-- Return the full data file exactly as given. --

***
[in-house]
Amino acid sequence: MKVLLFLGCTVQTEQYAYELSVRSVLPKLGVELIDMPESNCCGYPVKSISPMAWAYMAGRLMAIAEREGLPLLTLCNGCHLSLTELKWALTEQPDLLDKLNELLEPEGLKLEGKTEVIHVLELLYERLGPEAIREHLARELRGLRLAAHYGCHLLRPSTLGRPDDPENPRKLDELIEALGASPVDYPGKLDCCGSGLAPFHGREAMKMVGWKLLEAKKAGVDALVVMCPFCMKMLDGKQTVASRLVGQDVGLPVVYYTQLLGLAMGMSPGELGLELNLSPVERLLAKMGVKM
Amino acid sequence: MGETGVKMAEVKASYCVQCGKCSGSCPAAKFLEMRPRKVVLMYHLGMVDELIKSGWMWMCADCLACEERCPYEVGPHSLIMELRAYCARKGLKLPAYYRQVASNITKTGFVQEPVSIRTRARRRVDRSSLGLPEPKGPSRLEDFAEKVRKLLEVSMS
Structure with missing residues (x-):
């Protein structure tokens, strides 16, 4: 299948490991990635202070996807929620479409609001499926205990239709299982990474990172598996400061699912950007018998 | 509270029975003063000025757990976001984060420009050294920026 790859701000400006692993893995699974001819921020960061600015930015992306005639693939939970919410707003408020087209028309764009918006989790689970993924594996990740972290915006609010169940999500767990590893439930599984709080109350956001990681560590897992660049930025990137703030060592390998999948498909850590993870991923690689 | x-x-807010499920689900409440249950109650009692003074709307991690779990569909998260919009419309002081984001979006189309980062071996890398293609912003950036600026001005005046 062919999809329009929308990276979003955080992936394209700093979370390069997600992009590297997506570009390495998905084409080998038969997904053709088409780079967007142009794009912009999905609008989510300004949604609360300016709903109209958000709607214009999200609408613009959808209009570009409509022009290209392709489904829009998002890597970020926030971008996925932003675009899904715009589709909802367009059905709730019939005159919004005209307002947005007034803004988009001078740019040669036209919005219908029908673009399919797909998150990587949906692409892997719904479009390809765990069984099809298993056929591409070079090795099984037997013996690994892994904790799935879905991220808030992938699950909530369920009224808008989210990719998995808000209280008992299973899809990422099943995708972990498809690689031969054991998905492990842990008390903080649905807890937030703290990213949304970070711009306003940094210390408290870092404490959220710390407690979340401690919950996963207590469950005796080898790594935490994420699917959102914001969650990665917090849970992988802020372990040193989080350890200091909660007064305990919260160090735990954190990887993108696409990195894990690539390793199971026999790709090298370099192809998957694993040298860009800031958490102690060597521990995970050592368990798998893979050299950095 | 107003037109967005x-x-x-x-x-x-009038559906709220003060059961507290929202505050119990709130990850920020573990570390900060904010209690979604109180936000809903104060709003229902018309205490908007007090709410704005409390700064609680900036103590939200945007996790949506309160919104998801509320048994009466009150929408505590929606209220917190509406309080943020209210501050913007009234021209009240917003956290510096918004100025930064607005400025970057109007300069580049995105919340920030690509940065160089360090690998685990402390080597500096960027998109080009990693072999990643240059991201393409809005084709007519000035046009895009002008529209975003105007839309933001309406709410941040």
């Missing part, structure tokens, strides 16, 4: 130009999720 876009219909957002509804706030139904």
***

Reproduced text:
[in-house]
Amino acid sequence: MKVLLFLGCTVQTEQYAYELSVRSVLPKLGVELIDMPESNCCGYPVKSISPMAWAYMAGRLMAIAEREGLPLLTLCNGCHLSLTELKWALTEQPDLLDKLNELLEPEGLKLEGKTEVIHVLELLYERLGPEAIREHLARELRGLRLAAHYGCHLLRPSTLGRPDDPENPRKLDELIEALGASPVDYPGKLDCCGSGLAPFHGREAMKMVGWKLLEAKKAGVDALVVMCPFCMKMLDGKQTVASRLVGQDVGLPVVYYTQLLGLAMGMSPGELGLELNLSPVERLLAKMGVKM
Amino acid sequence: MGETGVKMAEVKASYCVQCGKCSGSCPAAKFLEMRPRKVVLMYHLGMVDELIKSGWMWMCADCLACEERCPYEVGPHSLIMELRAYCARKGLKLPAYYRQVASNITKTGFVQEPVSIRTRARRRVDRSSLGLPEPKGPSRLEDFAEKVRKLLEVSMS
Structure with missing residues (x-):
């Protein structure tokens, strides 16, 4: 299948490991990635202070996807929620479409609001499926205990239709299982990474990172598996400061699912950007018998 | 509270029975003063000025757990976001984060420009050294920026 790859701000400006692993893995699974001819921020960061600015930015992306005639693939939970919410707003408020087209028309764009918006989790689970993924594996990740972290915006609010169940999500767990590893439930599984709080109350956001990681560590897992660049930025990137703030060592390998999948498909850590993870991923690689 | x-x-807010499920689900409440249950109650009692003074709307991690779990569909998260919009419309002081984001979006189309980062071996890398293609912003950036600026001005005046 062919999809329009929308990276979003955080992936394209700093979370390069997600992009590297997506570009390495998905084409080998038969997904053709088409780079967007142009794009912009999905609008989510300004949604609360300016709903109209958000709607214009999200609408613009959808209009570009409509022009290209392709489904829009998002890597970020926030971008996925932003675009899904715009589709909802367009059905709730019939005159919004005209307002947005007034803004988009001078740019040669036209919005219908029908673009399919797909998150990587949906692409892997719904479009390809765990069984099809298993056929591409070079090795099984037997013996690994892994904790799935879905991220808030992938699950909530369920009224808008989210990719998995808000209280008992299973899809990422099943995708972990498809690689031969054991998905492990842990008390903080649905807890937030703290990213949304970070711009306003940094210390408290870092404490959220710390407690979340401690919950996963207590469950005796080898790594935490994420699917959102914001969650990665917090849970992988802020372990040193989080350890200091909660007064305990919260160090735990954190990887993108696409990195894990690539390793199971026999790709090298370099192809998957694993040298860009800031958490102690060597521990995970050592368990798998893979050299950095 | 107003037109967005x-x-x-x-x-x-009038559906709220003060059961507290929202505050119990709130990850920020573990570390900060904010209690979604109180936000809903104060709003229902018309205490908007007090709410704005409390700064609680900036103590939200945007996790949506309160919104998801509320048994009466009150929408505590929606209220917190509406309080943020209210501050913007009234021209009240917003956290510096918004100025930064607005400025970057109007300069580049995105919340920030690509940065160089360090690998685990402390080597500096960027998109080009990693072999990643240059991201393409809005084709007519000035046009895009002008529209975003105007839309933001309406709410941040």
């Missing part, structure tokens, strides 16, 4: 130009999720 876009219909957002509804706030139904």